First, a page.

I do resist it, but I wonder if I do so not because it’s a necessity to getting the kind of flash piece I desire (but never quite do) or because I’m kind of wedded to the idea of that drawn-out process of drafting, workshopping, revising, additional workshopping, additional revising, editing, tweaking, and so forth.
I imagine the easy answer is that the necessity of having to “wait” has more to do with each individual writer’s process and/or each individual piece than with an overarching, universal rule about it. And of course some writers who wait might be better off sending out right away, and those who send it out quickly might have been better off waiting.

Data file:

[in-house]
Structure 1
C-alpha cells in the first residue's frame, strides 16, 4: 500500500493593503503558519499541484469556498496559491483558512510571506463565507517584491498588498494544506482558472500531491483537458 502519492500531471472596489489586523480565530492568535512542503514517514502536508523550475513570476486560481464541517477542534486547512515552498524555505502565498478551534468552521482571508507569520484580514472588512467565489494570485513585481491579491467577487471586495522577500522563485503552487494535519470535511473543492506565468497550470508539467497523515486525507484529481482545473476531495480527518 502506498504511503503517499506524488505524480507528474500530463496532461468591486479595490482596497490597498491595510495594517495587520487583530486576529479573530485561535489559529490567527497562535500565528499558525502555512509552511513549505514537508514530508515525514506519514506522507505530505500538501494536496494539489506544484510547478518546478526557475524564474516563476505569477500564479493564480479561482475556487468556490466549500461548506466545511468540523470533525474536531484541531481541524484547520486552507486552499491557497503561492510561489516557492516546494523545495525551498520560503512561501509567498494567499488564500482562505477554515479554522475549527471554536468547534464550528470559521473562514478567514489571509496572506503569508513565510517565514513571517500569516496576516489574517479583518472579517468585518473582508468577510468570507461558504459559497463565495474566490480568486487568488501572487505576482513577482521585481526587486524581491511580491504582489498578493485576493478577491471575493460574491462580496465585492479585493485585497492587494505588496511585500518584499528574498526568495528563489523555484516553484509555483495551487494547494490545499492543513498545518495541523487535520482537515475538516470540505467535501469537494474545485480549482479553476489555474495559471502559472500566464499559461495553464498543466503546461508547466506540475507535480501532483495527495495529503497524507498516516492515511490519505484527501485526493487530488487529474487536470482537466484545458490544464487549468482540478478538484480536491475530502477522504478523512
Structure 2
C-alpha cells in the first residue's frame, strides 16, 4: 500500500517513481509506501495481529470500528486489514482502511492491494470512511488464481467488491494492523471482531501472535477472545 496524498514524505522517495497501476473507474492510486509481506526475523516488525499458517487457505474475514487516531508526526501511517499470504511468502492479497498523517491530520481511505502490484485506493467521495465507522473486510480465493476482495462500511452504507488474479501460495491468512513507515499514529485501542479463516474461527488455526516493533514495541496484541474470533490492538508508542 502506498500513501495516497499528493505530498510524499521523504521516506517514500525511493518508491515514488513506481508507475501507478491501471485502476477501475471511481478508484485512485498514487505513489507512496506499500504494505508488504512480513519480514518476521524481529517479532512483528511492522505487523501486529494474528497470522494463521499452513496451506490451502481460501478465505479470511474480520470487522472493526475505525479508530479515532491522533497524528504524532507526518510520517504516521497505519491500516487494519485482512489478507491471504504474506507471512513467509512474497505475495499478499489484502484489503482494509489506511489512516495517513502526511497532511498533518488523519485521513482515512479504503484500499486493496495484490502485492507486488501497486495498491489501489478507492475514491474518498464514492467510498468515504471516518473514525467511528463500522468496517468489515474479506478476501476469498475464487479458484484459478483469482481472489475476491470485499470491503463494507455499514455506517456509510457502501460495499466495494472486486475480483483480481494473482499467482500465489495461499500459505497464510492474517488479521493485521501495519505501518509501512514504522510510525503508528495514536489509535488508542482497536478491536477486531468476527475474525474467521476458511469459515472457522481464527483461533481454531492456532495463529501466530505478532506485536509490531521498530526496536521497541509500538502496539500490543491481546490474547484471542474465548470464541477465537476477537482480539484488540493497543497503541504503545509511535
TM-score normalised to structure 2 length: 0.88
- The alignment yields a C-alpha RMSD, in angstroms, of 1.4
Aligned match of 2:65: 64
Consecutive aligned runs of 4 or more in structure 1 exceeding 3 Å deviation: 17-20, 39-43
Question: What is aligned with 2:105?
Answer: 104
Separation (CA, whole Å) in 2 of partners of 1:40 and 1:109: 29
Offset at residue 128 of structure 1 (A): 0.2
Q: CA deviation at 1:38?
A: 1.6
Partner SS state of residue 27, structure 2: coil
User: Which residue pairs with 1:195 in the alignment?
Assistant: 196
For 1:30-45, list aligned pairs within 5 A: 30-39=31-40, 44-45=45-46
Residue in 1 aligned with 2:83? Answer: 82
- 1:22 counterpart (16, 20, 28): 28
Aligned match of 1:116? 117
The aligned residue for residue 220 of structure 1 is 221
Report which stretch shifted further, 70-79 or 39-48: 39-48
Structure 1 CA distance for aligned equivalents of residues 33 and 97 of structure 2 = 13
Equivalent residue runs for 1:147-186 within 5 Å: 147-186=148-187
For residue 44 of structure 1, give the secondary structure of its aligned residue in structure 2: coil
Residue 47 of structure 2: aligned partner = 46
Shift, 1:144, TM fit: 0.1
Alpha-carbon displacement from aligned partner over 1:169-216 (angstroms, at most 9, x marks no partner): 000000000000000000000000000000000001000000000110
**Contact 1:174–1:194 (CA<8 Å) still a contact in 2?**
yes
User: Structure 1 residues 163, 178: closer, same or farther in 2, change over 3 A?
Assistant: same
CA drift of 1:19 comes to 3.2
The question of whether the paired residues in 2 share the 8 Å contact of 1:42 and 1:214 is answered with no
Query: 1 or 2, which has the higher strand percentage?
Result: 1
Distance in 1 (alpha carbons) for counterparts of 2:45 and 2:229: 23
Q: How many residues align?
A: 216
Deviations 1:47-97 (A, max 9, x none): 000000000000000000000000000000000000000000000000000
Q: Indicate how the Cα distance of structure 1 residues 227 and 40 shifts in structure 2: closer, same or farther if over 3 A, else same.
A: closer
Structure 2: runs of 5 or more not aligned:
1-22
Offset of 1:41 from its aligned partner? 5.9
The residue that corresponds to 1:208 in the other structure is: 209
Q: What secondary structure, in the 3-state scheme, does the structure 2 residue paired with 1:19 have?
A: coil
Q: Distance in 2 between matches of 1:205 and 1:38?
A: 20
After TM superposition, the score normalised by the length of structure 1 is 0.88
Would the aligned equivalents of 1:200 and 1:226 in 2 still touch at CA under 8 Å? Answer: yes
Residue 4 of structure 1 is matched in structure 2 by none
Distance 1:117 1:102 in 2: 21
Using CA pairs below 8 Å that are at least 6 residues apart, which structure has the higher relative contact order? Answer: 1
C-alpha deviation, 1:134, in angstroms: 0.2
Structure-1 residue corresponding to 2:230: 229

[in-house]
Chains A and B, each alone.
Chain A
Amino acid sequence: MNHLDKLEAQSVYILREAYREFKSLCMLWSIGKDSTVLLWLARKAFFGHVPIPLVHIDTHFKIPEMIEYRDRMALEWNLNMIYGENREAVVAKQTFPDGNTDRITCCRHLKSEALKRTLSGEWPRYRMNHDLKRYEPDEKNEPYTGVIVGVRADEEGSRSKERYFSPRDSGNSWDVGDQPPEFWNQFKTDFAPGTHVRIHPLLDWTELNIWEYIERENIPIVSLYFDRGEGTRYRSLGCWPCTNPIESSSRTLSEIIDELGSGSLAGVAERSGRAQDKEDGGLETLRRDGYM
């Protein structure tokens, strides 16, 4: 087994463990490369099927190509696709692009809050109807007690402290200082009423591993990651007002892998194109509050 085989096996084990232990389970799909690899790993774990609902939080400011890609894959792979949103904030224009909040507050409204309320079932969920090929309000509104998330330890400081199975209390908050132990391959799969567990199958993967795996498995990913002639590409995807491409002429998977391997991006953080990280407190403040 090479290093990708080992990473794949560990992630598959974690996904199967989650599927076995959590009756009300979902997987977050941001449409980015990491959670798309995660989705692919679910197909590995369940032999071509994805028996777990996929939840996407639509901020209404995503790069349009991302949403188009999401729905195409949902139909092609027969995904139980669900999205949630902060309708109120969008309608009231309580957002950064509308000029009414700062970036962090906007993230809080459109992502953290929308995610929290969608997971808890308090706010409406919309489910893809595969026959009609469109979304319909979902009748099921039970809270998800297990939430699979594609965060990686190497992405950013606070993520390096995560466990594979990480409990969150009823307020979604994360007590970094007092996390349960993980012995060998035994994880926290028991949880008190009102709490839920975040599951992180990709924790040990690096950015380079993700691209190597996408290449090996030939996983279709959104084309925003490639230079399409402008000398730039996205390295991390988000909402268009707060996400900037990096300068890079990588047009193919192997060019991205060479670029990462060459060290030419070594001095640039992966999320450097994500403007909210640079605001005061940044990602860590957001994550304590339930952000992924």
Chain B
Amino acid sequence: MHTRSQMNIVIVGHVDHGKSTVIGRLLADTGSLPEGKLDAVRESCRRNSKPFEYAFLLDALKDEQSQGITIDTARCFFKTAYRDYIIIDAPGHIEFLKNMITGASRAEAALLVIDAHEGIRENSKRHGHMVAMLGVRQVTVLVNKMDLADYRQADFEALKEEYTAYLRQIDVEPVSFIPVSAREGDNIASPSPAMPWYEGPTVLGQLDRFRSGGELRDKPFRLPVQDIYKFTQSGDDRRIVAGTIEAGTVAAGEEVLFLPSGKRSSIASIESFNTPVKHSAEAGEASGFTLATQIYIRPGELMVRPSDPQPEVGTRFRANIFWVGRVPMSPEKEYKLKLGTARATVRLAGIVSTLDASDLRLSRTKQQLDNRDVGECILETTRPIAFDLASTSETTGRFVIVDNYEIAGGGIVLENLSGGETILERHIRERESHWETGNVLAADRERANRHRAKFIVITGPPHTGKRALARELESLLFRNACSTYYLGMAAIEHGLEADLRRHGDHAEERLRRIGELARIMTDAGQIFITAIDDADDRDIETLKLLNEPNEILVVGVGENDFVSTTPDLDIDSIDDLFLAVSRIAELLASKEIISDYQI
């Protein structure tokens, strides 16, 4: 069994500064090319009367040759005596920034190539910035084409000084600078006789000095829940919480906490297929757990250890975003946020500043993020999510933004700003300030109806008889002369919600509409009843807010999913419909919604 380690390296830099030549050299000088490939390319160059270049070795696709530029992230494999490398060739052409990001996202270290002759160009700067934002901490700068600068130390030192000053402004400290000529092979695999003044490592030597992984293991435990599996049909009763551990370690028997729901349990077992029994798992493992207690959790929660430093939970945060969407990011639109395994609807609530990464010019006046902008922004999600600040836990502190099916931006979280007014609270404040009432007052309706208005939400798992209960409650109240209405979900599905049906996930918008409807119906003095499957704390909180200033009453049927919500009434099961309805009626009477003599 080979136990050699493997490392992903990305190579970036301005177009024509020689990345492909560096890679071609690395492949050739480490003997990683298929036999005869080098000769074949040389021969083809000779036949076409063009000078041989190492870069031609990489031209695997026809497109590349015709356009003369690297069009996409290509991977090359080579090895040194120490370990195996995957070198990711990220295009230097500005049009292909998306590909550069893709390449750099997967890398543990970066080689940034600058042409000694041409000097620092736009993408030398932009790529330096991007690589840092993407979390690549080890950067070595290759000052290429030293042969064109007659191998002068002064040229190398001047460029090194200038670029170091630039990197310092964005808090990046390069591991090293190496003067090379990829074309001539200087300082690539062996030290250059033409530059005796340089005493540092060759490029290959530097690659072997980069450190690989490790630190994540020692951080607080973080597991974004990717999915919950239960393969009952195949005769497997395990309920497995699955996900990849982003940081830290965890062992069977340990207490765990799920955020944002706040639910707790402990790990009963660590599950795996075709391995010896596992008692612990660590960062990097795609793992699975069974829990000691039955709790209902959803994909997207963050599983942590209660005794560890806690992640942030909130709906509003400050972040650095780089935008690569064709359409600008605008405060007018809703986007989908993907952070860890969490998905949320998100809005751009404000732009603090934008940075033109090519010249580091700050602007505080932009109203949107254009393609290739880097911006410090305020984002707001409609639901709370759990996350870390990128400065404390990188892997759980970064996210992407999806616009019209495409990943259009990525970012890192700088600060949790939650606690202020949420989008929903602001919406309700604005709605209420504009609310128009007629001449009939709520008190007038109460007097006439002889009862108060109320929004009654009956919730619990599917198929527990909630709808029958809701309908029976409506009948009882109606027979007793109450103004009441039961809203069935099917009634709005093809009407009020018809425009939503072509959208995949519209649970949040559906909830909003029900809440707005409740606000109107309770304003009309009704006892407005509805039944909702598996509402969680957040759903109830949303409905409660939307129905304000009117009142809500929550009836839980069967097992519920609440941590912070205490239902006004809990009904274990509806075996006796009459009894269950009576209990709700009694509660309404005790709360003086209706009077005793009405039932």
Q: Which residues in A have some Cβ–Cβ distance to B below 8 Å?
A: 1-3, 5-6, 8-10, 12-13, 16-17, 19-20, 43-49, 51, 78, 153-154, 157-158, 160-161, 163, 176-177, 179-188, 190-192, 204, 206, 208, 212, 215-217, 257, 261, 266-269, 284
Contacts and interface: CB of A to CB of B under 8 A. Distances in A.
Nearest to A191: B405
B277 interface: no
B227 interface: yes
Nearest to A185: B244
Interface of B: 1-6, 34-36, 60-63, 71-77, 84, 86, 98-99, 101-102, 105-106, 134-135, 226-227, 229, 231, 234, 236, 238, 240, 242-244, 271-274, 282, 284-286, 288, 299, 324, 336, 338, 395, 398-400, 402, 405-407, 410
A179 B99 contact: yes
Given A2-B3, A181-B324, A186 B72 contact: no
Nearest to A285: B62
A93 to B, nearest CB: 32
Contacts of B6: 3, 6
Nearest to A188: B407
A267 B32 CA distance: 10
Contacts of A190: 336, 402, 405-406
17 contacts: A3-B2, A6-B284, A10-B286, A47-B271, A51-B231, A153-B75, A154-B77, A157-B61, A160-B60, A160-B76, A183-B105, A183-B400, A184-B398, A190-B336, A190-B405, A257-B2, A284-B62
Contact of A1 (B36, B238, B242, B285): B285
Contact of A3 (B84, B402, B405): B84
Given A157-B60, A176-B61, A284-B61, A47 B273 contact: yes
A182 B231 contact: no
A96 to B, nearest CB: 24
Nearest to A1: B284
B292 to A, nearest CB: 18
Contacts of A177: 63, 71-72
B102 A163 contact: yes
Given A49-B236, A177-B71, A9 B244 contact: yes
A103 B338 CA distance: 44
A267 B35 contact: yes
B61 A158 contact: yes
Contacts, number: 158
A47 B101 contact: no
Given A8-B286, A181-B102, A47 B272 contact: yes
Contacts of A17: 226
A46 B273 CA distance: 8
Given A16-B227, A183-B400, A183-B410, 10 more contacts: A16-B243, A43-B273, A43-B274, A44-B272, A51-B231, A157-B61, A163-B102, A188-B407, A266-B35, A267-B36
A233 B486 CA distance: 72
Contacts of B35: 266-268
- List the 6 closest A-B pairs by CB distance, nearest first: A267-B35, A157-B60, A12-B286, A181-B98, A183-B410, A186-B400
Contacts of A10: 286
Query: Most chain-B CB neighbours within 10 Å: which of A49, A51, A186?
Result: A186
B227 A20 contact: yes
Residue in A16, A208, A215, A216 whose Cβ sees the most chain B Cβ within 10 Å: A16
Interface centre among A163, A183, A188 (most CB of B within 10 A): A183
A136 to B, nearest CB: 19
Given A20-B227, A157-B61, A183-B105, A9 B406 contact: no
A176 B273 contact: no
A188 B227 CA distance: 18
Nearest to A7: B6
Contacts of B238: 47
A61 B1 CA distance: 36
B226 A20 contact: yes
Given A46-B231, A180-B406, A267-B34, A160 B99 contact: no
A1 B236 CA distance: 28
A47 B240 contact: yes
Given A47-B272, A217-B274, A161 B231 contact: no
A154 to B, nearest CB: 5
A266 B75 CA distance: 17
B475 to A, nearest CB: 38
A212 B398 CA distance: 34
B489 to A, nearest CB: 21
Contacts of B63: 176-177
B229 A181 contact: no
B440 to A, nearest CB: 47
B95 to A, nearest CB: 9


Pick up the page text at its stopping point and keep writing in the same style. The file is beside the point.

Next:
One would think/hope that there’s a rawness and edginess to the quick drafted and quick revised and quick submitted flash, something to be gained about that process that is more true to the compressed form than the process that takes weeks and months to complete. If one were to take the time to look at the two different products that result, one might be able to come up with real conclusions. But who has the time for that?
Well, today’s therapy session asks you to do what I am doing, because of course that’s the surefire pathway to sanity. If you do it quickly, try slowing it down; if you’re like me and prefer the drawn-out way, speed it up a bit. Tragedy teaches us that for every gain there’s a commensurate loss (bite the apple but lose your innocence), so life seems to be this constant balancing act. But screw this risk/reward attitude. This therapy session says see what’s gained by changing the process. What do you have to lose?
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